|Lowest Recommended Age:||Kindergarten - 3rd Grade|
|Violence/Scariness:||Tension as the family escapes, Nazi threat|
|Diversity Issues:||A theme of the movie|
|Movie Release Date:||1965|
|DVD Release Date:||November 9, 2010|
The Sound of Music is out in a gorgeous new 45th anniversary edition Blu-Ray/DVD combo. The beloved family musical is the fictionalized story of Maria von Trapp (Julie Andrews). It is an outstanding family film, filled with glorious music (“Do Re Me,” “My Favorite Things,” “Eidelweiss,” So Long, Farewell”), a real-life love story right out of Jane Eyre, a courageous moral choice, and a heart-stopping escape.
As a postulant, Maria is “not a credit to the Abbey.” While she means well, she is constantly in trouble. The wise Mother Abbess sends her away to be the governess for the seven children of a stern widower, Captain von Trapp. Obedient to their disciplinarian father, the children are uncooperative with Maria until she wins them over with her own high spirits, as well as her kindness. She also shares her love of music, and her joy in the beauty around them, and they become devoted to each other.
The Captain’s friend Max (Richard Hadyn) hears the children sing, and wants them to perform at the local festival. But the Captain refuses, thinking it is foolish and inappropriate. Meanwhile, the Captain is considering marriage to a titled and wealthy woman, and his oldest daughter, Leisel, is beginning a romance with Rolfe. And as the Nazis threaten control of Austria, the Captain knows that his military skill and experience will lead them to him. He knows that they will ask him to join them, and that they will not accept a negative answer.
Maria, realizing that she has fallen in love with the Captain, runs back to the Abbey. But the Mother Abbess counsels her to follow her heart, and she returns to the children. The Captain realizes that he loves Maria, and they are married in the Abbey. They return from their honeymoon to find that an invitation to join the Nazi navy is waiting.
Max has put the children on the festival program, hoping the Captain would relent. He forbids them to participate and makes plans to escape. But when the Nazis arrive to stop him, he explains that they are just on their way to perform at the festival. The Nazis escort them to the festival, where they win first prize, and use their encore number to camouflage their escape. On their way out of Austria, they are betrayed by Rolfe, now a Nazi, but protected by the nuns in the Abbey, and they leave for Switzerland, over Maria’s beloved mountains.
Discussion: A number of people in this movie must make important choices when they face challenges that are completely unexpected. Maria and the Captain both thought they had established what their lives would be like. Maria planned to be a nun, and to live in the Abbey all her life. The Captain expected to continue with the life he had, a loving but stern father to his children and a respected aristocrat and military leader. His family had always lived in Austria, and he expected his children and grandchildren would live there, too. Maria’s unexpected challenge comes from within herself. She is lucky to have the wise Mother Abbess to help her examine her heart to learn that she is better suited for a life outside the Abbey.
The Captain is used to being in control. It may be that his regimental approach to the children is as much prompted by a need to feel in greater control following the loss of his wife as it is by his military training. His original inclination to marry the Baroness seems to be led by his head rather than his heart; it feels more like an alliance than a romance. But he finds that he cannot resist Maria’s warm and loving heart.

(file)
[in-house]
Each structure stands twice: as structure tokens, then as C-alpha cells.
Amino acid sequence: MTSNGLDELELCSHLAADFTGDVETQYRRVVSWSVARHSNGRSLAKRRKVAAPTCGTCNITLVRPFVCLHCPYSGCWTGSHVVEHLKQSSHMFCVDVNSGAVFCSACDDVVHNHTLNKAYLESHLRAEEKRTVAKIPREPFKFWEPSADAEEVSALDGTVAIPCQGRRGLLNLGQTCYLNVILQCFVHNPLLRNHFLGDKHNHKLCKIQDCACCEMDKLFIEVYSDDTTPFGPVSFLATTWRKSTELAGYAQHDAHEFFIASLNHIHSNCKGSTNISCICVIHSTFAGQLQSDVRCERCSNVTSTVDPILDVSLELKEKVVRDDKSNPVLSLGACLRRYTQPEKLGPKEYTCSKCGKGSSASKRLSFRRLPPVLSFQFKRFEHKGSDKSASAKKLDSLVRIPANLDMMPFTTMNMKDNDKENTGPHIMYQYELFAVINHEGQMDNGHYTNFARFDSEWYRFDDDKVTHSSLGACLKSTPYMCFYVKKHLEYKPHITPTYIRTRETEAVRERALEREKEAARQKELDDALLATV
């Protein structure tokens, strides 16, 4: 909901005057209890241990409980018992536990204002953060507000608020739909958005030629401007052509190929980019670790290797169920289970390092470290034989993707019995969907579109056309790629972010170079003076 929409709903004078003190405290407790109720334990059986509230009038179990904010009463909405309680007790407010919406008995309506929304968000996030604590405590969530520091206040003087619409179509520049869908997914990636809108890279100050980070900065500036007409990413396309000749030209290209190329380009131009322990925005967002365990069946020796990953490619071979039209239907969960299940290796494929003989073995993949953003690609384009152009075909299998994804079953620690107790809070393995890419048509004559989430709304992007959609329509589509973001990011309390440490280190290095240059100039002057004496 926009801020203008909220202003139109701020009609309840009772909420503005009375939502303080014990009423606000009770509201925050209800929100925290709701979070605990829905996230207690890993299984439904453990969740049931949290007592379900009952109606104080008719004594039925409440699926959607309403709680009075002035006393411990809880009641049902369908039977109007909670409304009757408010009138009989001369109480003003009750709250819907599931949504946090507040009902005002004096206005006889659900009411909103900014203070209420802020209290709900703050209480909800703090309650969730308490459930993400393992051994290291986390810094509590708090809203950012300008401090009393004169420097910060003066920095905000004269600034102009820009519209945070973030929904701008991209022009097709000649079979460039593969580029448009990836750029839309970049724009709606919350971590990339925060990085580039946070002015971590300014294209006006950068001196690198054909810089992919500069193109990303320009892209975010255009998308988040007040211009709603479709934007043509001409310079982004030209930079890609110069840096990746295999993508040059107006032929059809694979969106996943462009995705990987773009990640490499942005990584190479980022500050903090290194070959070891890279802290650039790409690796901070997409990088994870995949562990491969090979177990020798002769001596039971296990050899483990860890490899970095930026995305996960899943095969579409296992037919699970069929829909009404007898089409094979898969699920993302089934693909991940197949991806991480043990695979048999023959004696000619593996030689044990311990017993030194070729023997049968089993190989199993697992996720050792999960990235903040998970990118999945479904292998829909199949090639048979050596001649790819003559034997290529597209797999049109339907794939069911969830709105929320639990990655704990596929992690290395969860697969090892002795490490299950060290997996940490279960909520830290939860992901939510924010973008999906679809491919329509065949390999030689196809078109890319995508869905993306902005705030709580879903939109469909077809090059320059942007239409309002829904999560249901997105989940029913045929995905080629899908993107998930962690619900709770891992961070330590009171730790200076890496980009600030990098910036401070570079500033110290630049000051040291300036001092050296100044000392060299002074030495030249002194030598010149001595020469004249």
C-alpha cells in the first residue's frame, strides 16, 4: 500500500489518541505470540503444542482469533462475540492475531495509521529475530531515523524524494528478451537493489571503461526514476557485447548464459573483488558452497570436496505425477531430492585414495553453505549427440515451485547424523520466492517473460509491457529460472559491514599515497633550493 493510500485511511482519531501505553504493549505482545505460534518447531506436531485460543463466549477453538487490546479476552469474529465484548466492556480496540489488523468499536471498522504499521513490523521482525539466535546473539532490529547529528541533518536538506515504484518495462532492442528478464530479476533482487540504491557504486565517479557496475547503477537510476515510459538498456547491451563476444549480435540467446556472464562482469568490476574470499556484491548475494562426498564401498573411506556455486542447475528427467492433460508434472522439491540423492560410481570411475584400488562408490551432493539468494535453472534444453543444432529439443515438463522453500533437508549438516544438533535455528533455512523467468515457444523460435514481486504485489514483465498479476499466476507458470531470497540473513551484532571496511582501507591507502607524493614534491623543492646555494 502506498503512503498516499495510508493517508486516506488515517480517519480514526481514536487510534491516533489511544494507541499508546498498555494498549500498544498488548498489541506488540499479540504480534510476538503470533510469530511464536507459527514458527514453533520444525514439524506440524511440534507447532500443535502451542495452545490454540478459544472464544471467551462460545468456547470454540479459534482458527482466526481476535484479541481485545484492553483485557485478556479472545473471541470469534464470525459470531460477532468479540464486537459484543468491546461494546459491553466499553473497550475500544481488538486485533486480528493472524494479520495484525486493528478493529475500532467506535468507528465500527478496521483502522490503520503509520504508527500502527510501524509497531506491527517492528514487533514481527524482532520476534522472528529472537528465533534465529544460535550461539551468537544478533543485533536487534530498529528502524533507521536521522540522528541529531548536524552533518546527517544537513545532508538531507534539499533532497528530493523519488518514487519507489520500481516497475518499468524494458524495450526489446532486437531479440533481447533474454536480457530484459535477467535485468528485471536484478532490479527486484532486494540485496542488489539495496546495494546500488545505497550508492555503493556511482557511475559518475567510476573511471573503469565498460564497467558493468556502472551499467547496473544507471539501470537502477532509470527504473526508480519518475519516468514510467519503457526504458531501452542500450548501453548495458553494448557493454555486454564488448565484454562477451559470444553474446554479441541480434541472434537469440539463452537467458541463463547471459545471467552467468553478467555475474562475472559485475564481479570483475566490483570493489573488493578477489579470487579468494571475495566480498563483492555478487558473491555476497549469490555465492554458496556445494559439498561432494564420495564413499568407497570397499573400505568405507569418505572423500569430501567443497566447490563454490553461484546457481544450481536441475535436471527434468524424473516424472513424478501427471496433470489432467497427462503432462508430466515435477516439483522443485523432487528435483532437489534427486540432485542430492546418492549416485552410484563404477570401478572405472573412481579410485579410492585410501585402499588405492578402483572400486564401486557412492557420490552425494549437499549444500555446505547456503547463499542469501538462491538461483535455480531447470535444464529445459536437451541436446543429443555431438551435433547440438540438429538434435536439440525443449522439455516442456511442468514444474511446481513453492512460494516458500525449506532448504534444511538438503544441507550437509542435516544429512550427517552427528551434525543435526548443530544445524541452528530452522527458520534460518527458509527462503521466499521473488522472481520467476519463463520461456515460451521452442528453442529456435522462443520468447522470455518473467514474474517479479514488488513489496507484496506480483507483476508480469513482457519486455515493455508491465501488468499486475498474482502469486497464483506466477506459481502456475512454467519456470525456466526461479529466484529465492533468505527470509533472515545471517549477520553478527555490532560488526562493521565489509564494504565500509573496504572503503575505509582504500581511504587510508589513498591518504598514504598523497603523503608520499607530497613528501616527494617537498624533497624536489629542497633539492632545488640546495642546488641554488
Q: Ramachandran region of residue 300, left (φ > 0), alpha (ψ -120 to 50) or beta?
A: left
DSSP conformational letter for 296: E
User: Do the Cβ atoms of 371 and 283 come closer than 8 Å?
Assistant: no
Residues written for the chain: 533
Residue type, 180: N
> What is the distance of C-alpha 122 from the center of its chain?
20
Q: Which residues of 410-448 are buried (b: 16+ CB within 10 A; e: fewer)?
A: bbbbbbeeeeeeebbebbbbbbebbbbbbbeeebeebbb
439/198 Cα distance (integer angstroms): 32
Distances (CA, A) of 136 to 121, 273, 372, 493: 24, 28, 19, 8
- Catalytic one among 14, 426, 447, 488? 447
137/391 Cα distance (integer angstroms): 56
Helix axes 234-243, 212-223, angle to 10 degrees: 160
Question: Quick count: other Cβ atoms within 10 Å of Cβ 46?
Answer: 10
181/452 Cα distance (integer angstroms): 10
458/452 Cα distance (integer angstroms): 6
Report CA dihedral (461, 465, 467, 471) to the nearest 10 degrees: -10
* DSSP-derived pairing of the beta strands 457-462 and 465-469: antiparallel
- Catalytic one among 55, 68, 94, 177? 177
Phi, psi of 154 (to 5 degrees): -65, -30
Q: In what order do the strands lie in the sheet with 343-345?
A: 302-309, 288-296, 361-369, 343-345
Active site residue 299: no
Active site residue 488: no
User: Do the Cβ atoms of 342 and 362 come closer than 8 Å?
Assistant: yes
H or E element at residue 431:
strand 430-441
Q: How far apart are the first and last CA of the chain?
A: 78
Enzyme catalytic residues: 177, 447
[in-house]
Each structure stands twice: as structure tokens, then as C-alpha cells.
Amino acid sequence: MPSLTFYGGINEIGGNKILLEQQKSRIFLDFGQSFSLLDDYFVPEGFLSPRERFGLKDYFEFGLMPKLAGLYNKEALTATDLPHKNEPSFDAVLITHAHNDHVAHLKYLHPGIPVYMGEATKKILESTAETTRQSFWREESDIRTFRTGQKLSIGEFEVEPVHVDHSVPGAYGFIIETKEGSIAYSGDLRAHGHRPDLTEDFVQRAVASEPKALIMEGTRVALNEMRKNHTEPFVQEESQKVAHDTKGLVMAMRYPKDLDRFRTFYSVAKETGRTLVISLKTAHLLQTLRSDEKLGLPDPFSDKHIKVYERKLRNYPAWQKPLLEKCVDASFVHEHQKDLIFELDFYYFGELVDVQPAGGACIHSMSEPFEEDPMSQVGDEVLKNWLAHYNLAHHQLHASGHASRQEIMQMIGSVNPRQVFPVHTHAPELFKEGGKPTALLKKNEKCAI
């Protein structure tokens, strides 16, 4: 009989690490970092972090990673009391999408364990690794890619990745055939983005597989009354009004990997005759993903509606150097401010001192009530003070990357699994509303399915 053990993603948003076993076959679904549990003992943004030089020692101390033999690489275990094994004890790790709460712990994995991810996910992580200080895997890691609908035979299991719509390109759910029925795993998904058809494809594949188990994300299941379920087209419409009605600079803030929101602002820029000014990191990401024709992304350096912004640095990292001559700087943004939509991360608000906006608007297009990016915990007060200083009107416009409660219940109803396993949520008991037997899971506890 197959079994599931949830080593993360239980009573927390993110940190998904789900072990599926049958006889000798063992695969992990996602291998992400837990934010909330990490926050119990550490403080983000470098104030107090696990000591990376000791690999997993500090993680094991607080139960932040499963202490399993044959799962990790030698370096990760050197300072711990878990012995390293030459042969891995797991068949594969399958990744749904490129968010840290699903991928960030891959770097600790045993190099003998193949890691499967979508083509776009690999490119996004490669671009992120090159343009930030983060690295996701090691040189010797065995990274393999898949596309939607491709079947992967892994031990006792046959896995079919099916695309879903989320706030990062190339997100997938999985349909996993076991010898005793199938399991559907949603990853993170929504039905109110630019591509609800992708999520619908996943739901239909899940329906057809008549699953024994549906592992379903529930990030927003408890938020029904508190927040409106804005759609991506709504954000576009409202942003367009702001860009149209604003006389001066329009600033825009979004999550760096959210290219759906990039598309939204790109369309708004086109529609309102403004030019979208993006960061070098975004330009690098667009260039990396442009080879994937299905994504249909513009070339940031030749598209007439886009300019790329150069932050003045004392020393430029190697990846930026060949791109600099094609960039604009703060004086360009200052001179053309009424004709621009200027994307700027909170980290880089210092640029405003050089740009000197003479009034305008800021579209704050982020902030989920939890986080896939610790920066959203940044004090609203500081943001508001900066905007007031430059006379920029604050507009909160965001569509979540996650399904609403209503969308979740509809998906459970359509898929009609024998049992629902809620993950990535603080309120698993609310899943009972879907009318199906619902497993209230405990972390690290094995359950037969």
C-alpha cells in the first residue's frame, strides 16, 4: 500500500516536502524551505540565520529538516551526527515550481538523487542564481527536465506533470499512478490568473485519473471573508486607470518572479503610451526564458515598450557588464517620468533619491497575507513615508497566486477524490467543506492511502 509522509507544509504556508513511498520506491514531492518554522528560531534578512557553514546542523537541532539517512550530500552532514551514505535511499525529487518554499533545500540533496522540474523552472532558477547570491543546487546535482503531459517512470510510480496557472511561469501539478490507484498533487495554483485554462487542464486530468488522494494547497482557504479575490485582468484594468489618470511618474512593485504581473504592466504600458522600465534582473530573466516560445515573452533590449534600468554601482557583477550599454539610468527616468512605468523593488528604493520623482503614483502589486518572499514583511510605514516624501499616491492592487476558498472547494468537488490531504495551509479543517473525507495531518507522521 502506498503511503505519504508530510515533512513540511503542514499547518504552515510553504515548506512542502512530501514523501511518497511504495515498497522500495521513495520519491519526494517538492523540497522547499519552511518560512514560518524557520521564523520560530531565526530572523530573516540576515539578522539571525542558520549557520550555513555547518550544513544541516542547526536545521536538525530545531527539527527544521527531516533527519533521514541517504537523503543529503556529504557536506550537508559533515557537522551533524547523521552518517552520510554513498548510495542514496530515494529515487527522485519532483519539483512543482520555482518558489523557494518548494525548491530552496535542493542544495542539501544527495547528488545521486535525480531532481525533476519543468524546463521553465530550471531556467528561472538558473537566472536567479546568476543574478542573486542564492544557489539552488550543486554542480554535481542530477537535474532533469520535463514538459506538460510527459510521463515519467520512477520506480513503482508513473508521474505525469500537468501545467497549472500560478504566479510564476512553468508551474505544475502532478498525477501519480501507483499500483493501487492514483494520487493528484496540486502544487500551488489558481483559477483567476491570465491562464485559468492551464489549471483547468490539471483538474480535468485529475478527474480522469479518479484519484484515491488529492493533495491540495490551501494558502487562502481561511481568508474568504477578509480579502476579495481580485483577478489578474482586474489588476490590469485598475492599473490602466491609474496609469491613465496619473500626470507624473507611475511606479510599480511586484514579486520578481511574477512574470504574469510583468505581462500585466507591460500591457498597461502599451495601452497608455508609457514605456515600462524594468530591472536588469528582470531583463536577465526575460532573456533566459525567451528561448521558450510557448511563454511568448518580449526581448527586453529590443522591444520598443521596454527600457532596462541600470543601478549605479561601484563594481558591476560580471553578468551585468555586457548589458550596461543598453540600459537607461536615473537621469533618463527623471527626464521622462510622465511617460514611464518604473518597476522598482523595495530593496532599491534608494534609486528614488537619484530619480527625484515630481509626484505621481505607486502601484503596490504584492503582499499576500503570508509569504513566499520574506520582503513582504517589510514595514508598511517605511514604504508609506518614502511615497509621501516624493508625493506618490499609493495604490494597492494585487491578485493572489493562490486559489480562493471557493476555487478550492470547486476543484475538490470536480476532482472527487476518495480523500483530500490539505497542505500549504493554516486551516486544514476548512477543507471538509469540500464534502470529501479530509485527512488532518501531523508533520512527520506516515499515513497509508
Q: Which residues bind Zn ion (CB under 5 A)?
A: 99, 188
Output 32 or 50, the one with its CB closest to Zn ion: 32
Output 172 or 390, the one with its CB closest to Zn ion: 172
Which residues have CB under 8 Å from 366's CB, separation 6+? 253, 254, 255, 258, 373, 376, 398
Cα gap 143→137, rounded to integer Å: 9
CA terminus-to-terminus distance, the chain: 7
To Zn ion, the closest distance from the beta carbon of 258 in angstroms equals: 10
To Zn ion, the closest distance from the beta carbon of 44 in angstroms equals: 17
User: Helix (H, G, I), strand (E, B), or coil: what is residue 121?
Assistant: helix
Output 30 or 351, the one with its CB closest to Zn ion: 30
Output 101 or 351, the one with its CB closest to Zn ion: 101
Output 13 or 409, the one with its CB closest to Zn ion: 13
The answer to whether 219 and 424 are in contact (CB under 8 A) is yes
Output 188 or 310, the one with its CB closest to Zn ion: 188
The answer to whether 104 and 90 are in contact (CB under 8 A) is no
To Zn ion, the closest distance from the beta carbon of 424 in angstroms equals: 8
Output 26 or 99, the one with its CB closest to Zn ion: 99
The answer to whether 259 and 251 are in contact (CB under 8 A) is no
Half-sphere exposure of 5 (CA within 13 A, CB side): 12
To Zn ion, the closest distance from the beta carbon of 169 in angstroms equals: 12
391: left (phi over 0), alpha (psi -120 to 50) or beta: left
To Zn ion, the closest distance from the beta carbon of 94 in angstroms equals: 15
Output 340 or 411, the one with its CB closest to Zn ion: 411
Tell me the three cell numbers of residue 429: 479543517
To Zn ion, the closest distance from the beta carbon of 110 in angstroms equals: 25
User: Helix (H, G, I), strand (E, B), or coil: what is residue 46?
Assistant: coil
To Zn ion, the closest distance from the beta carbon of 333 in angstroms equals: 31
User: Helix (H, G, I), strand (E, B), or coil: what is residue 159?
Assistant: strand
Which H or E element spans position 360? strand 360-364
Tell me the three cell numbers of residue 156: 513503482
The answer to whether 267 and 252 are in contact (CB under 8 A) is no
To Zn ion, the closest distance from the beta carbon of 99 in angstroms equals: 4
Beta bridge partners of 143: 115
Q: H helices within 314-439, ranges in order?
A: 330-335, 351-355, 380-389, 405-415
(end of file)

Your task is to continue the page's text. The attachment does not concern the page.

Just as all of this is happening, every aspect of the life they had known in Austria is challenged by the Nazis. Unlike his friends, the Captain does not have the option of making a slight accommodation to the Nazis. He must fight for them, if he wants to keep his home. He gives up every material possession he has to get away, preserving freedom for himself and his family.
Everyone in Austria has to make a choice when the Nazis arrive. Rolfe becomes so committed to the Nazis that he is willing to betray the young woman he cared for. Even the nuns in the Abbey must make a choice. They decide to protect the Von Trapps and impede the Nazis, risking their own freedom. Children, especially young children, will need some background to understand what these choices involved and what the risks were. It is also worthwhile to discuss with them the sweet song that the Captain sings to Maria, telling her that he must have done something good in his past to deserve her love and the happiness she has given him.
Questions for Kids:
· Why does Maria have a problem fitting in at the Abbey?
· What does the Captain learn from Maria?
· The same people wrote the song about “My Favorite Things” and “Whistle a Happy Tune” in “The King and I.” How are they alike? (Think about when it is that Maria sings the song.) If you were going to write the song, what would be on your list of favorite things?
· What is the difference between the way the Captain, Max, and Rolfe react to the Nazis?
· What does the song, “Climb Every Mountain” mean?
Connections: Sister Sophia is played by Marni Nixon, a rare onscreen appearance by the off-screen singing voice from “My Fair Lady,” “West Side Story” and “The King and I.”
Activities: Kids who enjoy this movie can read more about the real-life family in one of the books written by Maria von Trapp, and can visit the Trapp family’s lodge in Stowe, Vermont. Find Austria, Germany, and Switzerland on a map but do not try to trace the family’s escape route. If they had climbed over the mountains they took in the movie, they would have ended up in Germany.